Butch "Bullet" Stein, a Jewish junkie from the mean streets of Brooklyn, is paroled after eight years in prison. Butch rips off a runner for local drug dealer, Tank, and is soon right back into his old habit of snorting coke and shooting up heroin with his best friend Lester. Enraged by Butch's affront and already determined to get revenge on him for a past wrong, Tank sets about getting even with his old enemy by hiring a hulking brute, Gates, to beat Butch. When the confrontation occurs, however, Gates breaks his hand on the battle-hardened Butch. Besides Lester, the only people in Butch's corner are his two brothers, the mentally-unhinged Vietnam War veteran Louis and aspiring artist Ruby, neither of whom can be counted on to help him in the inevitable showdown. I have to agree somewhat with the comment entered before mine. The film is pretty predictable, had a weak storyline, contains a LOT of violence, and is full of holes.... and yet the characters (the two bothers and the parents especially) --- if not all always put in credible situations 100% of the time --- are very strong and surprisingly deeply moving, Rourke's perhaps being the weakest written and acted. Ted Levine, as the mentally-disturbed war vet brother, is especially moving and disturbing despite a scene or two (training children in warfare from atop a sandpile) which were a bit far-fetched. In fact I would have to say that the film itself is overall quite disturbing, violent, and a bit ugly, yet those aspects only cause the few images of humanity and tenderness to shine all the more. And isn't that what director Rourke intended...?
Overall, I'd say ---- with all the incredibly weak screenplays, seemingly written by ten-year- olds, that end up on the big screen every day --- his film is surprisingly well-crafted and under-rated, and definitely worth a look.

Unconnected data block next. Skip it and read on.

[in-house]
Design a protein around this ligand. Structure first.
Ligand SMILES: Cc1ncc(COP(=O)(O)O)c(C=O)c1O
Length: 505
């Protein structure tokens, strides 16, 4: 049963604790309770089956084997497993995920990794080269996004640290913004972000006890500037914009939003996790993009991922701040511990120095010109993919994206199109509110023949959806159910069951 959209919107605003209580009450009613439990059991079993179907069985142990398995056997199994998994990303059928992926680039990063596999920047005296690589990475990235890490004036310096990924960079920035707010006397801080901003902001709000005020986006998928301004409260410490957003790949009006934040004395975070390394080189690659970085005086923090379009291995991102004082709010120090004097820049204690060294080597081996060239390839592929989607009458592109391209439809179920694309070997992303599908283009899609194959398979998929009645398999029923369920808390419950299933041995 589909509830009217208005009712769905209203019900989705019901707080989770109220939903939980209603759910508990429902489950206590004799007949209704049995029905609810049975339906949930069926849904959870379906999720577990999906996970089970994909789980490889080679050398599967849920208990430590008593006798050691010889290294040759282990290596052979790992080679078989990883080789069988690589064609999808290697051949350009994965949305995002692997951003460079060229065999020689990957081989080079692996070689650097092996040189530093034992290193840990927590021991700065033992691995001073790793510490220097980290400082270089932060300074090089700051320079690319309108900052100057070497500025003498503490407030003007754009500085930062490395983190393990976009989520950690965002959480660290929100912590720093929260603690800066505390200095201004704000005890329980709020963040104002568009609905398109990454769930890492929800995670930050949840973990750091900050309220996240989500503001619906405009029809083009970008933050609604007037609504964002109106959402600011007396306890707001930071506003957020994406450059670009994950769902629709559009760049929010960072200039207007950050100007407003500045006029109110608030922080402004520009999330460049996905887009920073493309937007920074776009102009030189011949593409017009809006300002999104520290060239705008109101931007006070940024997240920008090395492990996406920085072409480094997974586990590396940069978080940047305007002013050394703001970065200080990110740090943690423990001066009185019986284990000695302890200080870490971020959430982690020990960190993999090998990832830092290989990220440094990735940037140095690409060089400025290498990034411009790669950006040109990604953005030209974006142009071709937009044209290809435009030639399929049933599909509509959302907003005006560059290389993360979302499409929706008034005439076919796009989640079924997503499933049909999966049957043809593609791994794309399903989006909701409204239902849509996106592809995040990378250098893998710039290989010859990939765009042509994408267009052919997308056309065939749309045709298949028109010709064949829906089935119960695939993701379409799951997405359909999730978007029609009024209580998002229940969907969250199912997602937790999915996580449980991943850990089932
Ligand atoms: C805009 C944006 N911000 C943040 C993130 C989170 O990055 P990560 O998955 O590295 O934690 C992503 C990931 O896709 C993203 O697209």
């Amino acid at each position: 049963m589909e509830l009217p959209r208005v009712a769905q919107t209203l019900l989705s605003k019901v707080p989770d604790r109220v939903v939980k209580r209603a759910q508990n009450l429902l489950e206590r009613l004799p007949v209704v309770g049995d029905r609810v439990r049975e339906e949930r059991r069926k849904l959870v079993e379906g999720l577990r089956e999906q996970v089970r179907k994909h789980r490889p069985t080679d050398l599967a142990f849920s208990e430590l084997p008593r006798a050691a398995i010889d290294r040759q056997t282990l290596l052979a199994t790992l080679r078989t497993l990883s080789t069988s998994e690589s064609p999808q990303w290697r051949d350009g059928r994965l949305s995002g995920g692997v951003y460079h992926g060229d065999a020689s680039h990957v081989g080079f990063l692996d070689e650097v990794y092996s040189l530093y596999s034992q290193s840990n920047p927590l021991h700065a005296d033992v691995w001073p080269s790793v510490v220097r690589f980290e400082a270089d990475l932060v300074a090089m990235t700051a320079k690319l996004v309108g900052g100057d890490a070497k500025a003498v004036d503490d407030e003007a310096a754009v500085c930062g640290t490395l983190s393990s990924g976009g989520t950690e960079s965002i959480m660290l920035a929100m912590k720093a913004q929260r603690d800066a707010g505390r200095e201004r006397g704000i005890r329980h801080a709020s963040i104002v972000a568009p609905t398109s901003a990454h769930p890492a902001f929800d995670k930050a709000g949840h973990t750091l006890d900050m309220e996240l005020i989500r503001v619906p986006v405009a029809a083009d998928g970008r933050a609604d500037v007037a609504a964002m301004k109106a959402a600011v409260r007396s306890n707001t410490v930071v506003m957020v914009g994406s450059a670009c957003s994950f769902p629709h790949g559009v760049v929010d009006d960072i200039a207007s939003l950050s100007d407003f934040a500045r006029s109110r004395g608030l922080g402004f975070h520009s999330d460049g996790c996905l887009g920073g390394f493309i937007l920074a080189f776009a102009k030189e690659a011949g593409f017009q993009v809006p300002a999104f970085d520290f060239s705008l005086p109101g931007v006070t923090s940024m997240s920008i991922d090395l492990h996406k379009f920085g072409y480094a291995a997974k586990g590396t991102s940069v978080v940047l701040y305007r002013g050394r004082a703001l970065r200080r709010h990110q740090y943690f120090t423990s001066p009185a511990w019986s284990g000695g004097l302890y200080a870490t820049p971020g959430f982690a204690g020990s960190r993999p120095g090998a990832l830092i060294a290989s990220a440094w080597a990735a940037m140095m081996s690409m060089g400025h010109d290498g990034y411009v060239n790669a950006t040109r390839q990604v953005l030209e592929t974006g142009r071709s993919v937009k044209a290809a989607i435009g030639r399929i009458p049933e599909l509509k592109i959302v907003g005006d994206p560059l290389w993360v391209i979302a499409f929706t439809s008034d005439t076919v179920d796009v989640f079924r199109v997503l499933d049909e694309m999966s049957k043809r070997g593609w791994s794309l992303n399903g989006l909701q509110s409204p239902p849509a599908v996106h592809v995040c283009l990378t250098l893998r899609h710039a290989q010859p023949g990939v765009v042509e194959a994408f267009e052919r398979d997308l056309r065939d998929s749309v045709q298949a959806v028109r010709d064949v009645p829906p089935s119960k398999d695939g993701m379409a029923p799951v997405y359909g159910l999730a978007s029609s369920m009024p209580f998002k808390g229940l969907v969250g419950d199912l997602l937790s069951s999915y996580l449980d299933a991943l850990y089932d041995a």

The movie has a feel to it, that I can only describe as gritty. It certainly portrays the street life in a very potent way, everything from the bottom feeder users, to the dealers, are depicted in a hit you in the face manner. The acting varies. Mickey Rourke is doing his usual Mickey Rourke imitation. Tupac Shakur seems strangely detached from the story, while Adrian Brody and Ted Levine shine in supporting roles. All I can say is that "Bullet" delivers what it promises, and that is totally acceptable for a "B" movie. The expected language and violence is all there, along with a compelling revenge story. Unexpectedly good, and recommended of it's type. - MERK
The following FAQ entries may contain spoilers. Only the biggest ones (if any) will be covered with spoiler tags. It is assumed that no one who is diligently avoiding spoilers will be visiting this page in the first place. In order to secure the R-rating, some cuts in terms of violence and sexual content had to be made. The unrated version of the film has them back in. 646f9e108c